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Credit Suisse: Swiss Federal Prosecutor's Office files charges - suspected money laundering


Credit Suisse is said to have not prevented money laundering in drug deals enough. The big bank and members of a criminal organization from Bulgaria are now charged. The financial institution rejects the allegations.

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Credit Suisse headquarters on Paradeplatz in Zurich


The Swiss Federal Prosecutor's Office has brought charges against Credit Suisse.

The investigators accuse the big bank of not having taken all the necessary organizational measures to prevent money laundering of the assets of a criminal organization, as announced by the Federal Prosecutor's Office.

The background is extensive investigations into the Swiss business activities of a criminal organization from Bulgaria.

According to the Federal Prosecutor's Office, a former top Bulgarian athlete had cocaine smuggled from South America to Europe for more than ten years until 2012.

He had been sentenced to long prison terms in several European countries.

The proceeds from the criminal business were deposited in Switzerland and channeled into the legal economic cycle through property purchases.

Organizational failure?

more on the subject

Dispute between top bankers: Cabal on Lake Zurich by Tim Bartz

A Credit Suisse client advisor carried out transactions despite strong evidence that the funds came from a crime, according to the federal prosecutor.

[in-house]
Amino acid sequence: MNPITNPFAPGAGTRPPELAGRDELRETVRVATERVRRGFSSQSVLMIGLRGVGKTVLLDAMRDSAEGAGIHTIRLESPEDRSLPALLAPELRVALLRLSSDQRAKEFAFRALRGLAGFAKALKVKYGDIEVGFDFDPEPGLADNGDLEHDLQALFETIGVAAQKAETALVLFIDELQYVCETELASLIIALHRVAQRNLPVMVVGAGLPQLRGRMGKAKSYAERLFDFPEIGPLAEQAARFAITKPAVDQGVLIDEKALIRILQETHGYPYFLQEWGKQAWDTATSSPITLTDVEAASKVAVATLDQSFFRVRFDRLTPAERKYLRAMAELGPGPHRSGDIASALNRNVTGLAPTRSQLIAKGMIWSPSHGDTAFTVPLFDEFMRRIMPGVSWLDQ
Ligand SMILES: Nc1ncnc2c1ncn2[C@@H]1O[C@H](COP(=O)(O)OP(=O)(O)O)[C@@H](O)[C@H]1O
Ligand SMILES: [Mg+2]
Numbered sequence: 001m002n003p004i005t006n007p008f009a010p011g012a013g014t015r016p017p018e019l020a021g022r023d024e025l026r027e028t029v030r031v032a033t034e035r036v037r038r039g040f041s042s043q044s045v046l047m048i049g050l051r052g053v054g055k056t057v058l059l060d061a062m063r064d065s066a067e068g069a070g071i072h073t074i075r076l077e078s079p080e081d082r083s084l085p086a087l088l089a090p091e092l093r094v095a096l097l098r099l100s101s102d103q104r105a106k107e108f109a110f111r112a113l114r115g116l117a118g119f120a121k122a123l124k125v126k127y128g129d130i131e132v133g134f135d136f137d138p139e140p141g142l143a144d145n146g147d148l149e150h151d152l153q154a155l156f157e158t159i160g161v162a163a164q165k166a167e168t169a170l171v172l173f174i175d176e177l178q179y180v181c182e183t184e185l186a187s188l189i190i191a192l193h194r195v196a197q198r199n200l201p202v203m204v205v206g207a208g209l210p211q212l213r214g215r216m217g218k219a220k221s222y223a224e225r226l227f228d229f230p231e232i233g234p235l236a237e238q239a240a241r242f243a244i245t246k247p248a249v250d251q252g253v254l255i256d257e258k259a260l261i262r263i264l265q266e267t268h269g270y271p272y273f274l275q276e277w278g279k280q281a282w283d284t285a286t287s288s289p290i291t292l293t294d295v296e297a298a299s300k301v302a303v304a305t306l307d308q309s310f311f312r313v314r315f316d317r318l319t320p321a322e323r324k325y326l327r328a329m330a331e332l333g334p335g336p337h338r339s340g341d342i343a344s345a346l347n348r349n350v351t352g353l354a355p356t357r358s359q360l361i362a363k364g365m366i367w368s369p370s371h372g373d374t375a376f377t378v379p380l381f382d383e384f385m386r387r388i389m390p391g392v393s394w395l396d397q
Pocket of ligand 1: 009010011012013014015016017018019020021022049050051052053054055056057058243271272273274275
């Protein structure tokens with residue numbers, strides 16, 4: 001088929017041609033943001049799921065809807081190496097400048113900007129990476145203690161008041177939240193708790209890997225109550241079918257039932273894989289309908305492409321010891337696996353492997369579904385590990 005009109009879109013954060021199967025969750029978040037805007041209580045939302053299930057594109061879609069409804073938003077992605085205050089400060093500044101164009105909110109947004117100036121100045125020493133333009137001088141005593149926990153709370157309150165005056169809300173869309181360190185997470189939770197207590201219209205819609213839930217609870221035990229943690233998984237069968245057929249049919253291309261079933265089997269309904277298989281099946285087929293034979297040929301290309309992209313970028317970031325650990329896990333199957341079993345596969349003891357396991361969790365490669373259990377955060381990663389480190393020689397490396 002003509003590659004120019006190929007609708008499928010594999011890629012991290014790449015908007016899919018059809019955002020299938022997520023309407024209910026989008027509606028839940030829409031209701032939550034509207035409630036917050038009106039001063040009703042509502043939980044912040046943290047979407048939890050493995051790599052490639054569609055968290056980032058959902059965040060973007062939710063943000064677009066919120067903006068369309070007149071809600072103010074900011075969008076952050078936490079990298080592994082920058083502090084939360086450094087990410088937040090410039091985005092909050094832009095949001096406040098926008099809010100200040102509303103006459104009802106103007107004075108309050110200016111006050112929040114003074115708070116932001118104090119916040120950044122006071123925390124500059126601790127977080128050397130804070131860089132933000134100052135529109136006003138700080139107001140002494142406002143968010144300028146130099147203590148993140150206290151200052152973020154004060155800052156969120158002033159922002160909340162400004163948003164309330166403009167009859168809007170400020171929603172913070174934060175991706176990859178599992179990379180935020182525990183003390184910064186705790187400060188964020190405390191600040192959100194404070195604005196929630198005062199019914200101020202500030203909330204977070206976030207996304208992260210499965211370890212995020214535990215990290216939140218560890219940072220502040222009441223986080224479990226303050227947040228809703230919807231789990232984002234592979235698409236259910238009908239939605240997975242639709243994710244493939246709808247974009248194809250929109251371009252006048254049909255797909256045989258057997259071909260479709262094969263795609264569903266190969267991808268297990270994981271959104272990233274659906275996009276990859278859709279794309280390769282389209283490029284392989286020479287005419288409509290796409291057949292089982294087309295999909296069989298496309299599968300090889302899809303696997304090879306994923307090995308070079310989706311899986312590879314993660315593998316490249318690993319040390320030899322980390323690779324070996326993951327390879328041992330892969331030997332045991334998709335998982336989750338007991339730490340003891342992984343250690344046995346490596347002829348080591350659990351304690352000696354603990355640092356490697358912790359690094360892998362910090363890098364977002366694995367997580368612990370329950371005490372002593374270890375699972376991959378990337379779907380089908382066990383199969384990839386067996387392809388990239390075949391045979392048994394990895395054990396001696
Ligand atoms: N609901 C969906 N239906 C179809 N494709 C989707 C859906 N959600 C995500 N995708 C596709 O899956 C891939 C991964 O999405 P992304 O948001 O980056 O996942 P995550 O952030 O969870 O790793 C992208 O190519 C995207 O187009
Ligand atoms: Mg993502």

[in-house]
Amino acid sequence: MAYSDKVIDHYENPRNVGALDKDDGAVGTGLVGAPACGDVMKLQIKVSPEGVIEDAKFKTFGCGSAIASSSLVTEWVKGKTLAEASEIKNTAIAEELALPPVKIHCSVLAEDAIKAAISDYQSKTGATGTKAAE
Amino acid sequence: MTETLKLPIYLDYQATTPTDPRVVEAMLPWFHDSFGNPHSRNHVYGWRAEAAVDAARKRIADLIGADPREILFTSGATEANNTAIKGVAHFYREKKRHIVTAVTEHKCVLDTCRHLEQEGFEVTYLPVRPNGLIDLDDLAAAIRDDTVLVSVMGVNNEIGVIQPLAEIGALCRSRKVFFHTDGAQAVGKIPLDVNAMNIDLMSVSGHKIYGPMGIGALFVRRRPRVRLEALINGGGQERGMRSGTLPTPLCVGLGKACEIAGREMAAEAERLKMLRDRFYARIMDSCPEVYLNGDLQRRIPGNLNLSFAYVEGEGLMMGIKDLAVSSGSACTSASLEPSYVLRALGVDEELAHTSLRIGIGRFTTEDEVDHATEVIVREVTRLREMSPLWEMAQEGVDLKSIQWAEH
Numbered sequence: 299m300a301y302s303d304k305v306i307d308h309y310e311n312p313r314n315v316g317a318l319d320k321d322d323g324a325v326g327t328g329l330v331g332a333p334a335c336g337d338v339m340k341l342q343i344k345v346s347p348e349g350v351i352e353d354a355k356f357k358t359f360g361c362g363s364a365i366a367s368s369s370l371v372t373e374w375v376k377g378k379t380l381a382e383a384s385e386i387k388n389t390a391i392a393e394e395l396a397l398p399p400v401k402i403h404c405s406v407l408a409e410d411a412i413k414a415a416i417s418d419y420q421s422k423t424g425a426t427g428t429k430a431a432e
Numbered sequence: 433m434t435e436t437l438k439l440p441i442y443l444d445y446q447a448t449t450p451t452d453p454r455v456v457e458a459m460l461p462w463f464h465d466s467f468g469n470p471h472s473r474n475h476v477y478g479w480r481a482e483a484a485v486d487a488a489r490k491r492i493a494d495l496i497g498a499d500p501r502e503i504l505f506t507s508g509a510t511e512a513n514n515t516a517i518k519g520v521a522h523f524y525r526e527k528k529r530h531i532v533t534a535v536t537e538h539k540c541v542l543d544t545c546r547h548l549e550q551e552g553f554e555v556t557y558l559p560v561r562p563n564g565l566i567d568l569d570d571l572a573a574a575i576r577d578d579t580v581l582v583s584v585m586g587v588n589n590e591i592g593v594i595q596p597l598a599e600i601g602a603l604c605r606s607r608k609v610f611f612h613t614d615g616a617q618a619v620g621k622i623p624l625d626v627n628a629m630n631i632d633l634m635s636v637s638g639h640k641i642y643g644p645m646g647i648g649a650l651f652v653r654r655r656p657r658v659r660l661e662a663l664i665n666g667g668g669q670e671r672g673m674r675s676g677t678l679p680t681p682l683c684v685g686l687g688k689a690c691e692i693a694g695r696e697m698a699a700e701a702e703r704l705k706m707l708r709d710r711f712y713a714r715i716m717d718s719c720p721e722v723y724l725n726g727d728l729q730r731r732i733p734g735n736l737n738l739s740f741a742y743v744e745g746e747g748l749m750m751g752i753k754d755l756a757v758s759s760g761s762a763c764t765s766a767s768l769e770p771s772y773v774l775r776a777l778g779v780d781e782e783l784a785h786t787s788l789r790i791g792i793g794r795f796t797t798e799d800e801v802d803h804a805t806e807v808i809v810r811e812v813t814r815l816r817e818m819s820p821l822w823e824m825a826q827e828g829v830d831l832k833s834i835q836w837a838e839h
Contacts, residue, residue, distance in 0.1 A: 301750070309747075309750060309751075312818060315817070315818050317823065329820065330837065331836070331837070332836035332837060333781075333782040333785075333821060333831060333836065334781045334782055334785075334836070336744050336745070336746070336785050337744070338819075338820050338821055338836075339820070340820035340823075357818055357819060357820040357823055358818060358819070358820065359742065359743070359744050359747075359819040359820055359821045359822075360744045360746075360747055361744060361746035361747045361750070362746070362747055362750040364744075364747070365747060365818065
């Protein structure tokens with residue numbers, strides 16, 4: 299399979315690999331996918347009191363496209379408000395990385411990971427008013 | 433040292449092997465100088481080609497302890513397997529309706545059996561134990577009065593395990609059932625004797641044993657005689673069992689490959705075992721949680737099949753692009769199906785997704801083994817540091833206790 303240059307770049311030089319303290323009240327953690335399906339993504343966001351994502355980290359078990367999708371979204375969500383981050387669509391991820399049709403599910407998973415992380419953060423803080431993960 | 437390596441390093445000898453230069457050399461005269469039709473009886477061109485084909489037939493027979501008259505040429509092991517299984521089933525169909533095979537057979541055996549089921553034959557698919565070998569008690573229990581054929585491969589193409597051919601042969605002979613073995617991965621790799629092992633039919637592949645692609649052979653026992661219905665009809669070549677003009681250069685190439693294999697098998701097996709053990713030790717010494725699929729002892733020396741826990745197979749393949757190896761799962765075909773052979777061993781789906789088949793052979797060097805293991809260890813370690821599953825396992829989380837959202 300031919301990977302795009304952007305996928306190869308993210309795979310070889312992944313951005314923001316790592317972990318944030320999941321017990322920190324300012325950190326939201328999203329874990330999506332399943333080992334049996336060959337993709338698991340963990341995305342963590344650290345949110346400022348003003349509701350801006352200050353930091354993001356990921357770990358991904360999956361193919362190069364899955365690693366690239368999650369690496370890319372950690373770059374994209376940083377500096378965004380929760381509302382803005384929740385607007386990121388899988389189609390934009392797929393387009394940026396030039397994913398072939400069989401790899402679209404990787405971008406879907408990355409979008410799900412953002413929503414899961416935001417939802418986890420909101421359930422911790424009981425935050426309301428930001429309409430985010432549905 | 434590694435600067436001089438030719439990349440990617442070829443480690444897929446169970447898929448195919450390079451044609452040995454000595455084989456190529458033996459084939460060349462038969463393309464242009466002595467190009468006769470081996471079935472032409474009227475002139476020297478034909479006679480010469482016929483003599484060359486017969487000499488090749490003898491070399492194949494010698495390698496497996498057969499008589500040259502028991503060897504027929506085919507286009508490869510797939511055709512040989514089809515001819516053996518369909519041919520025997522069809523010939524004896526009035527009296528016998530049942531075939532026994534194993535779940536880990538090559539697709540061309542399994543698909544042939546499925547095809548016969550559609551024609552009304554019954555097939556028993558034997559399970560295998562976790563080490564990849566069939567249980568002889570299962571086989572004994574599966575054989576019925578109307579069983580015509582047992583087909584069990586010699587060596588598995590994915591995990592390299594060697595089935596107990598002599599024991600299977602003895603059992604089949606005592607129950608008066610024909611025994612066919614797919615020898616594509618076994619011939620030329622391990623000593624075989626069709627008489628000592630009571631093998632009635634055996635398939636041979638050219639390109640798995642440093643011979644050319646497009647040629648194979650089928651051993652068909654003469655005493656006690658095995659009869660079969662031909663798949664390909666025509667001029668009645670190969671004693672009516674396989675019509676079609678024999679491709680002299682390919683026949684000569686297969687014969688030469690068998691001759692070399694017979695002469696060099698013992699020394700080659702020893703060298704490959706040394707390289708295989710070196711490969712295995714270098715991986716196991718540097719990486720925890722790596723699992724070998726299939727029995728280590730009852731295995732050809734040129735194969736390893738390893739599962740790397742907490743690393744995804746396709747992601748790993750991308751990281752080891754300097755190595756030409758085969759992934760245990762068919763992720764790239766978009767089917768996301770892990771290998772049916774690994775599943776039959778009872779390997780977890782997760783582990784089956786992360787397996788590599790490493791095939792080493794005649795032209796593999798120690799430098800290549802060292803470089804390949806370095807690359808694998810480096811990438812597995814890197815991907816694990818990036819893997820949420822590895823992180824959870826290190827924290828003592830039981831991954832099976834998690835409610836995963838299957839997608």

The bank did not fulfill its duty under the money laundering regulations.

The control system was inadequate.

The bank said that independent experts had certified that the Federal Prosecutor's Office had used rules and principles for the assessment that did not exist in the relevant period or that had deliberately not been implemented in Swiss law.

The charges extend to the bank, a former account manager and two members of the criminal organization.

The bank announced that it had taken note of this "with surprise".

"Credit Suisse rejects the allegations made against it in all forms and is also convinced of the innocence of its former employee."

Credit Suisse has recently repeatedly been at the center of scandals.

CEO Tidjane Thiam resigned at the beginning of the year in the wake of a sensational shadowing affair.

One of his top bankers had previously switched to rival bank UBS after a heated argument at a garden party.

Read about it here: Cabal on Lake Zurich.

With regard to the current allegations, Credit Suisse announced that it would resolutely defend its position.

In such proceedings, the Swiss Federal Criminal Court could impose a fine of up to five million francs in addition to profit confiscation.

However, Credit Suisse expects that it will win based on the facts before the federal criminal court.

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apr / dpa

Source: spiegel

All business articles on 2020-12-17

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